Midlife diet unlikely to affect dementia risk

Midlife diet unlikely to affect dementia risk

1. In this prospective cohort study, a healthier diet in midlife did not affect the risk of developing dementia compared to unhealthier diets.

2. Patients who would go on to develop dementia were more likely to have unhealthier diets in later life.

Evidence Rating Level: 2 (Good)

Study Rundown: Dementia is an irreversible cause of cognitive decline that occurs during aging, and the lack of effective treatments to reverse or slow the progression of dementia necessitate better preventative strategies. Diet has been shown to impact other chronic diseases, and it is unclear if healthier diets during midlife may slow or prevent dementia pathogenesis. In this prospective cohort study over a median of nearly 25 years, there was no association between a healthier diet in midlife and dementia risk compared to unhealthier diets. Patients who would go on to develop dementia had less healthy diets in the later years before dementia diagnosis, suggesting a decrease in diet quality in the pre-clinical period of cognitive decline.

Though this study provides compelling evidence, given its rigor of design and over two decades of follow-up, the study is limited to non-causal associations between diet and dementia. In addition, it is unclear if certain subpopulations, such as those with midlife co-morbidities including heart disease and diabetes, would have decreased dementia risk with healthier diets.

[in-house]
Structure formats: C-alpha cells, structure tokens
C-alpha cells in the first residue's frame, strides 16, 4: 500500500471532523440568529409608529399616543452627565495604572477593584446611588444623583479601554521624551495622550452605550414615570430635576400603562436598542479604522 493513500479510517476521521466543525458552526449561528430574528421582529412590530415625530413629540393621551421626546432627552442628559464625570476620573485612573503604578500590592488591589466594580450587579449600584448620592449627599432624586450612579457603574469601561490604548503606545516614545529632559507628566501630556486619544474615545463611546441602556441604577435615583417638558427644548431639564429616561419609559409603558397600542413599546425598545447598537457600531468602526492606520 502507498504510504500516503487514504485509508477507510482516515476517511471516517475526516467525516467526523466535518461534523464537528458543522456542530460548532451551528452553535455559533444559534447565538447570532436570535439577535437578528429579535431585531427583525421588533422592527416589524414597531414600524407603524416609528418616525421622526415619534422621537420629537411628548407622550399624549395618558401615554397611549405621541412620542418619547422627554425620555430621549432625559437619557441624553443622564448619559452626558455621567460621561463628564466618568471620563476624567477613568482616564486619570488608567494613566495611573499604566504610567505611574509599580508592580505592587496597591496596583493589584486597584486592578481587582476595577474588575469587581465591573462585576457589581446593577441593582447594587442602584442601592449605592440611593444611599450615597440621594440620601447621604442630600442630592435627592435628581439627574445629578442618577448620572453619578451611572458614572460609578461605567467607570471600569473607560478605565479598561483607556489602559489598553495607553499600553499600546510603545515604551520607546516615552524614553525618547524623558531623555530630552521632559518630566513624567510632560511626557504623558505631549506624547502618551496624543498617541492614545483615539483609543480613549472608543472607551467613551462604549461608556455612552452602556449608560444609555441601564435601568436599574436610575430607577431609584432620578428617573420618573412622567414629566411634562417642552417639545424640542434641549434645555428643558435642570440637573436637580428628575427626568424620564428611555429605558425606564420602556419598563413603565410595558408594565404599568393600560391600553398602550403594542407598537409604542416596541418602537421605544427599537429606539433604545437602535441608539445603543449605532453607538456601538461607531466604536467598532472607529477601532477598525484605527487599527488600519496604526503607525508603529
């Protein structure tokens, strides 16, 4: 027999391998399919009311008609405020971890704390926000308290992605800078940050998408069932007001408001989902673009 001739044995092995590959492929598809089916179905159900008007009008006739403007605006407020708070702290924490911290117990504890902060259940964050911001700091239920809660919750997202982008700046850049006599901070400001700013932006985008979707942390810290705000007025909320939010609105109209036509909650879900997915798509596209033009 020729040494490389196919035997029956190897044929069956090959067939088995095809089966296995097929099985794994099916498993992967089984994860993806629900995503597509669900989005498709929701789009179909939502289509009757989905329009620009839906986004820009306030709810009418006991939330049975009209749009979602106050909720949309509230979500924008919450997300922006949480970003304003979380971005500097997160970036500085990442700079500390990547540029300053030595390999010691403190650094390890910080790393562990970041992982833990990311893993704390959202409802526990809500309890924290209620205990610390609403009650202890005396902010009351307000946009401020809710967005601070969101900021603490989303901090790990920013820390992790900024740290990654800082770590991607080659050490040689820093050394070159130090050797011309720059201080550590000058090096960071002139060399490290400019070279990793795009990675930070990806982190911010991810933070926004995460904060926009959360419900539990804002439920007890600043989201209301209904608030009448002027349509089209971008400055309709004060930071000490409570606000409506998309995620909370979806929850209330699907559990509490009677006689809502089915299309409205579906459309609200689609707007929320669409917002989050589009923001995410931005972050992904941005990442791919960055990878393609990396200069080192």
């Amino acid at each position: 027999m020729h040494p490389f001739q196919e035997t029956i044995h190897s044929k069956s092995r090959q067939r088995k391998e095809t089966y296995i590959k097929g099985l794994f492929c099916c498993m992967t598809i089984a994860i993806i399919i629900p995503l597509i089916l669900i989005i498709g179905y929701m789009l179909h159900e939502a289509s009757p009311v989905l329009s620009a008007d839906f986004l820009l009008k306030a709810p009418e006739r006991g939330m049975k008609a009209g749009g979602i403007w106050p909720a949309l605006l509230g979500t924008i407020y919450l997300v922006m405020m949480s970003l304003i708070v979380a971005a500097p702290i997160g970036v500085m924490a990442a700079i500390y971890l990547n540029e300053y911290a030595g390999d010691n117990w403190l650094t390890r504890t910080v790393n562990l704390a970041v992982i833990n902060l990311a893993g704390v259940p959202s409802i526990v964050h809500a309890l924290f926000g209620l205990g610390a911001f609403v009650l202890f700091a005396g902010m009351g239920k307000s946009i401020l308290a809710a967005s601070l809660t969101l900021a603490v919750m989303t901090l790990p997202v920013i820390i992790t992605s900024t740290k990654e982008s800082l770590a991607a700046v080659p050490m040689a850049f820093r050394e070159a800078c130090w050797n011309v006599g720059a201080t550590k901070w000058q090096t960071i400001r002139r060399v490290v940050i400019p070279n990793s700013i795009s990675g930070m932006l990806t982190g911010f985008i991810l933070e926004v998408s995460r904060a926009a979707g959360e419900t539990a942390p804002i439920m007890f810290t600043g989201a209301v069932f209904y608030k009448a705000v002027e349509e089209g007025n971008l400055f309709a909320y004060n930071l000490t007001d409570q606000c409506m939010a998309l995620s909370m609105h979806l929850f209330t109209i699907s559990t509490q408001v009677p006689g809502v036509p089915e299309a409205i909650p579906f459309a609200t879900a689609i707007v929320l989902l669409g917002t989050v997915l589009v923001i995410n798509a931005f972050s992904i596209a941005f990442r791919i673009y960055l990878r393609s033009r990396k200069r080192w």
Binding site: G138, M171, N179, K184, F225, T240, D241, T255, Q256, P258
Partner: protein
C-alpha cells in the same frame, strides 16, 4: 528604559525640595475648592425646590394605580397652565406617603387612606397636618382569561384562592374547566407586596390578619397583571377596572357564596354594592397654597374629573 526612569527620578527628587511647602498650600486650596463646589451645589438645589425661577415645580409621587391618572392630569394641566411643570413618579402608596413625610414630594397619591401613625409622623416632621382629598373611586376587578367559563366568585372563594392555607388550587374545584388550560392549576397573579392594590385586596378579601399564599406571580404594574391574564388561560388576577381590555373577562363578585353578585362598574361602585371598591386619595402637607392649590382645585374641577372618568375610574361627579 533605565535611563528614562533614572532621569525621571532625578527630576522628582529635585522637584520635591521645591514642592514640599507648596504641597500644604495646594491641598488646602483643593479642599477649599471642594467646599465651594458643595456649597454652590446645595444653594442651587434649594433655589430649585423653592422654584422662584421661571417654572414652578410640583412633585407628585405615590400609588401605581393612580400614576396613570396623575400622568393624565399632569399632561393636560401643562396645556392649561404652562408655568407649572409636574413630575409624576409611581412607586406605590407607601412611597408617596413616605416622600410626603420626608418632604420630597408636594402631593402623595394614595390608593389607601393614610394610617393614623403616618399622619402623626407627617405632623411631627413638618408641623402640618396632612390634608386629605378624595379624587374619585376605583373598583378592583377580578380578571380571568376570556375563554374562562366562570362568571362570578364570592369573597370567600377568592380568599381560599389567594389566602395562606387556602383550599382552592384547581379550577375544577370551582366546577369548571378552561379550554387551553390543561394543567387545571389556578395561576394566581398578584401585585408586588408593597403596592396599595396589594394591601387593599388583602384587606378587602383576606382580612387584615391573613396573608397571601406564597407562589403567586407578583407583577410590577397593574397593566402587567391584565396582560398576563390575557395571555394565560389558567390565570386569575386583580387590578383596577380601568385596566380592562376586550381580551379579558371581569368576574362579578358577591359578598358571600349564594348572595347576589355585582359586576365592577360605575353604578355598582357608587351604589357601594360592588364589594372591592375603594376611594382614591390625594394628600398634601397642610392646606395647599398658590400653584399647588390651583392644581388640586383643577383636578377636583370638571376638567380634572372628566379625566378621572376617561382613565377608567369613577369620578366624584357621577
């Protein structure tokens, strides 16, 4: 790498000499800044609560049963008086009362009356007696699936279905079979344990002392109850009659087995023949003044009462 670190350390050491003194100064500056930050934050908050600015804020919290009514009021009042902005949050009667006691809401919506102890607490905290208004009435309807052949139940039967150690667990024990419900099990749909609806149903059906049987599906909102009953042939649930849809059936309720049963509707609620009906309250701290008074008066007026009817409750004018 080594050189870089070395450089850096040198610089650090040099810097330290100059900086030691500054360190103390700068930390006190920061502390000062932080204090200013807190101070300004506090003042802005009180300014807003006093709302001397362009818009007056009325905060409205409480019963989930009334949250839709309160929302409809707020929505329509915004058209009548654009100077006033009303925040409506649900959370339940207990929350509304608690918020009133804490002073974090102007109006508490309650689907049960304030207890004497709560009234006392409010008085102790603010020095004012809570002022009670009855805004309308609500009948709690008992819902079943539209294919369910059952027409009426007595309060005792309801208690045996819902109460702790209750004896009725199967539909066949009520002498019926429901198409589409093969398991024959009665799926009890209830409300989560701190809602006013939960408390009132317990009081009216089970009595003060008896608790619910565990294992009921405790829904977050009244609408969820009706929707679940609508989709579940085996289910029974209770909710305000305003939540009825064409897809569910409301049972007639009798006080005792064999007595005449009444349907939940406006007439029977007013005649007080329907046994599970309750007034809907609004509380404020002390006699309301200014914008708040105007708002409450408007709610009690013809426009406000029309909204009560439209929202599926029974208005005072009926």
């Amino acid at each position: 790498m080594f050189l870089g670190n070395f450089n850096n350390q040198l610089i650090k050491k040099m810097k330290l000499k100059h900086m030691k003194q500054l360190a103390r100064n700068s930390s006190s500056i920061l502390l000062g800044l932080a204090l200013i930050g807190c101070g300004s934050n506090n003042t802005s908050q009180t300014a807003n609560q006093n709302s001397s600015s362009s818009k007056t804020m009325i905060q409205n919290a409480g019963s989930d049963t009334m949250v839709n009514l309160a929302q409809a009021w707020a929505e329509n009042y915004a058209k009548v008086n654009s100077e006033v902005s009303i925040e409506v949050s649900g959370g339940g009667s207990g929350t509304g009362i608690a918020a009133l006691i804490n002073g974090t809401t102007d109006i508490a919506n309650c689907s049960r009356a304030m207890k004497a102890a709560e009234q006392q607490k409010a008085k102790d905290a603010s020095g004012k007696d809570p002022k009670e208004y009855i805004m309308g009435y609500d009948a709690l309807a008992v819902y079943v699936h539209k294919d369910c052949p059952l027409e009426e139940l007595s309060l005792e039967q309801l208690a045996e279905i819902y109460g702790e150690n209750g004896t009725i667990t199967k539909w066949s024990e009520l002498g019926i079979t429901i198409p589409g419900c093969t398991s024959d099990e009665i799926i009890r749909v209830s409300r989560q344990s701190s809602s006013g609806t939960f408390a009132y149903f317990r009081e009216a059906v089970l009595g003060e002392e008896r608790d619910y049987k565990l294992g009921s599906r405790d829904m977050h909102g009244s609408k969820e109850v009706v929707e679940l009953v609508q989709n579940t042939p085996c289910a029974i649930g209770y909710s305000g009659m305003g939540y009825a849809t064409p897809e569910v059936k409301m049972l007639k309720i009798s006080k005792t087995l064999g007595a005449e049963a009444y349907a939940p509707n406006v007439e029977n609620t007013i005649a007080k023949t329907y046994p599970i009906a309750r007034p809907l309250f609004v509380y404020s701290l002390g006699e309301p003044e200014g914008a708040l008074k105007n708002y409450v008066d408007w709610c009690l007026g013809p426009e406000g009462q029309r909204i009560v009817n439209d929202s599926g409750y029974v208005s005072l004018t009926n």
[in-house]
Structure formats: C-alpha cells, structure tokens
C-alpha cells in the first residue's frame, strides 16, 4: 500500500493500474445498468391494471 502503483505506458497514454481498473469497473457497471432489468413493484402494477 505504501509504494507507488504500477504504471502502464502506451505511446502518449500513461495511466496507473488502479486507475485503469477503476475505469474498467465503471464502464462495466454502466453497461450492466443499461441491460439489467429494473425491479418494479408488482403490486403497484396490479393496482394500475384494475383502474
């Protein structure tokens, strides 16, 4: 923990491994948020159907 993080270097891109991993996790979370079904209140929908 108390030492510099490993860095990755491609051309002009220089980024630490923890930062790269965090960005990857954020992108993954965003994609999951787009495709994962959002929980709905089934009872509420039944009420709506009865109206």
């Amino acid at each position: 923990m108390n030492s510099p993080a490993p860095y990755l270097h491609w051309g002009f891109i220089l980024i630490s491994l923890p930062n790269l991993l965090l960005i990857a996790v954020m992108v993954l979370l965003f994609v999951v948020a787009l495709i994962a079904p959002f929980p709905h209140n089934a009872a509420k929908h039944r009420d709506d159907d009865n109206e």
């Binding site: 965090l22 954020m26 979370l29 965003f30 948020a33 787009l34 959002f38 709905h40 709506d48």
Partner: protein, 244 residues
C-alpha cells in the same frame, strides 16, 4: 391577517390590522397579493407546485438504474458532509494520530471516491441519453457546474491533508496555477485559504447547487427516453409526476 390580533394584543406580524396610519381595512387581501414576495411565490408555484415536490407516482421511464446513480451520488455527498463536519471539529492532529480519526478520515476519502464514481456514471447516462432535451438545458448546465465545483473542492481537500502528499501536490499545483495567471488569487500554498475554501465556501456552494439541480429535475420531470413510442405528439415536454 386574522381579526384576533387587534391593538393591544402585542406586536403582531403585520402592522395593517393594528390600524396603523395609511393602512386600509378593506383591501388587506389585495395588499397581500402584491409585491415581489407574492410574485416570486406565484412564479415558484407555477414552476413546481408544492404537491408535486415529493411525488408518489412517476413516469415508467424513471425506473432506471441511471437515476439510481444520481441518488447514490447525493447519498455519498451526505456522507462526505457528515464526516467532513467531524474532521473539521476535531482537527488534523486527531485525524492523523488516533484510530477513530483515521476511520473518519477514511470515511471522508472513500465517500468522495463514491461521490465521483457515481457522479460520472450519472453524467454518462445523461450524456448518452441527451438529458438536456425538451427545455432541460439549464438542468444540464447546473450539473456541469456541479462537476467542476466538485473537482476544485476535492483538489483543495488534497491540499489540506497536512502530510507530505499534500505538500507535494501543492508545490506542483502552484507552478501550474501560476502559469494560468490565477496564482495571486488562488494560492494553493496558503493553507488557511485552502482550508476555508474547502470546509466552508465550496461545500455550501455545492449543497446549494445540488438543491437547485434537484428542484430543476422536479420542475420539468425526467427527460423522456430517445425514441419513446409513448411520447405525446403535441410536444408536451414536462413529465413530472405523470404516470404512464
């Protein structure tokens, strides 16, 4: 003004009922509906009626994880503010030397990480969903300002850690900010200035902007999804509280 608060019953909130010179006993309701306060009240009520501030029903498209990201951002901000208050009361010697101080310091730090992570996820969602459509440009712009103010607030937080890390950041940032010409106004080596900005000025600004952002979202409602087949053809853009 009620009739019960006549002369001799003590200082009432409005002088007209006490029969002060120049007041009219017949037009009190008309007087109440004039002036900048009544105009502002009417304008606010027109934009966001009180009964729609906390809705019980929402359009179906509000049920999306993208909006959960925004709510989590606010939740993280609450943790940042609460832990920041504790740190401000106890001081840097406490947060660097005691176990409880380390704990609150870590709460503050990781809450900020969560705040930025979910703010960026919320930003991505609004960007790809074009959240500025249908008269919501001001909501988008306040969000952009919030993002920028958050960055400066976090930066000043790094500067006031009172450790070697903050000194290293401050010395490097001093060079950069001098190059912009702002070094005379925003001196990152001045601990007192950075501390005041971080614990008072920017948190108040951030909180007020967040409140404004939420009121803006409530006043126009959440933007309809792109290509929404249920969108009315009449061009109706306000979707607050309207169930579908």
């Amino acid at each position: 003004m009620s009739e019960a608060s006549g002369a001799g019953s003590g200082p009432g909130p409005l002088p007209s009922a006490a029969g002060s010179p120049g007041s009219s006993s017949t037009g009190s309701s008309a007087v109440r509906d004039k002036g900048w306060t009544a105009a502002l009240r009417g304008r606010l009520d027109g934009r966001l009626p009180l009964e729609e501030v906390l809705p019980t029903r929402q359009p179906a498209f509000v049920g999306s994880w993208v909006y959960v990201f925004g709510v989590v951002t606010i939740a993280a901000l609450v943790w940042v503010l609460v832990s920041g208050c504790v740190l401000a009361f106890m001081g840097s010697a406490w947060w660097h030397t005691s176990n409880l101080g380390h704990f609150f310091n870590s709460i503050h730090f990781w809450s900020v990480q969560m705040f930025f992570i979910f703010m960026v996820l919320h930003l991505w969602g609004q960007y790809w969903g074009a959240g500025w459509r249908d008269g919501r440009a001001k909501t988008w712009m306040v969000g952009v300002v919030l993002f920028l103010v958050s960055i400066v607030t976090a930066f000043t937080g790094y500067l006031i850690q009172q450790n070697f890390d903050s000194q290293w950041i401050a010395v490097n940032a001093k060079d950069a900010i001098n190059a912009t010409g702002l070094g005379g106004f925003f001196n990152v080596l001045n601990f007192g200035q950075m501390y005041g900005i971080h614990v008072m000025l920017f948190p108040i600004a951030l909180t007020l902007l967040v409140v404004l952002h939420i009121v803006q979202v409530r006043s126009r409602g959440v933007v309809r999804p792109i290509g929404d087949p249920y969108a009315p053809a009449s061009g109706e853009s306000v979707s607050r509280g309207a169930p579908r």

Click to read the study in JAMA

Relevant Reading: Dietary patterns and risk of dementia in an elderly Japanese population: the Hisayama study

In-Depth [prospective cohort]: Out of 10,308 civil servants in London, UK from the study start in 1985 to 1988, 8225 were assessed in 1991to 1993 and 5544 in 1997 to 1999. Study follow-up ended in 2017. Dietary intake was assessed with a Food Frequency Questionnaire (FFQ) in 1991 to 1993, 1997 to 1999, and 2002 to 2004 and was used to compile the Alternative Healthy Eating Index (AHEI), a metric of overall diet quality. Participants at the most extreme ends of the calorie intake spectrum (>3500 or <500 kcal women; >4200 kcal or <800 men) were excluded. There was no significant effects of age or sex on analyses (p = 0.17), and so these subgroups were not analyzed separately. There were no significant differences in the incidence of dementia between the top and bottom AHEI tertile recorded in 1991 to 1993, 1997 to 1999, or 2002 to 2004 (p > 0.05). In 1991 to 1993, the absolute difference in dementia incidence between the top and bottom AHEI tertiles was 0.04 per 1000 person-years (CI95 -0.42 to 0.51); 0.14 in 1997 to 1999 (CI95 -0.58 to 0.85); -0.73 in 2002 to 2004 (CI95 -1.67 to 0.22). For dietary exposures in 2002 to 2004, a higher AHEI score was associated with a lower incidence of dementia when controlling for age, sex, race, total energy intake, sociodemographic, and behavioral factors (adjusted hazard ratio per 1 SD increment 0.86; CI95 0.75 to 0.99). Those with dementia had reduced AHEI scores during the last 10 years of follow-up compared to those without (between group mean difference -1.26; CI95 -2.49 to -0.04). The mean decline in cognitive z-score over the 18-year follow-up period was -0.74 (CI95 -0.73 to -0.76) and was not associated with AHEI score (p = 0.23) or western diet (p = 0.62). A higher AHEI in 1997 to 1999 was associated with greater cognitive decline in 2015 to 2016 (difference in cognitive function per 1 SD -0.03; CI95 -0.01 to -0.05).

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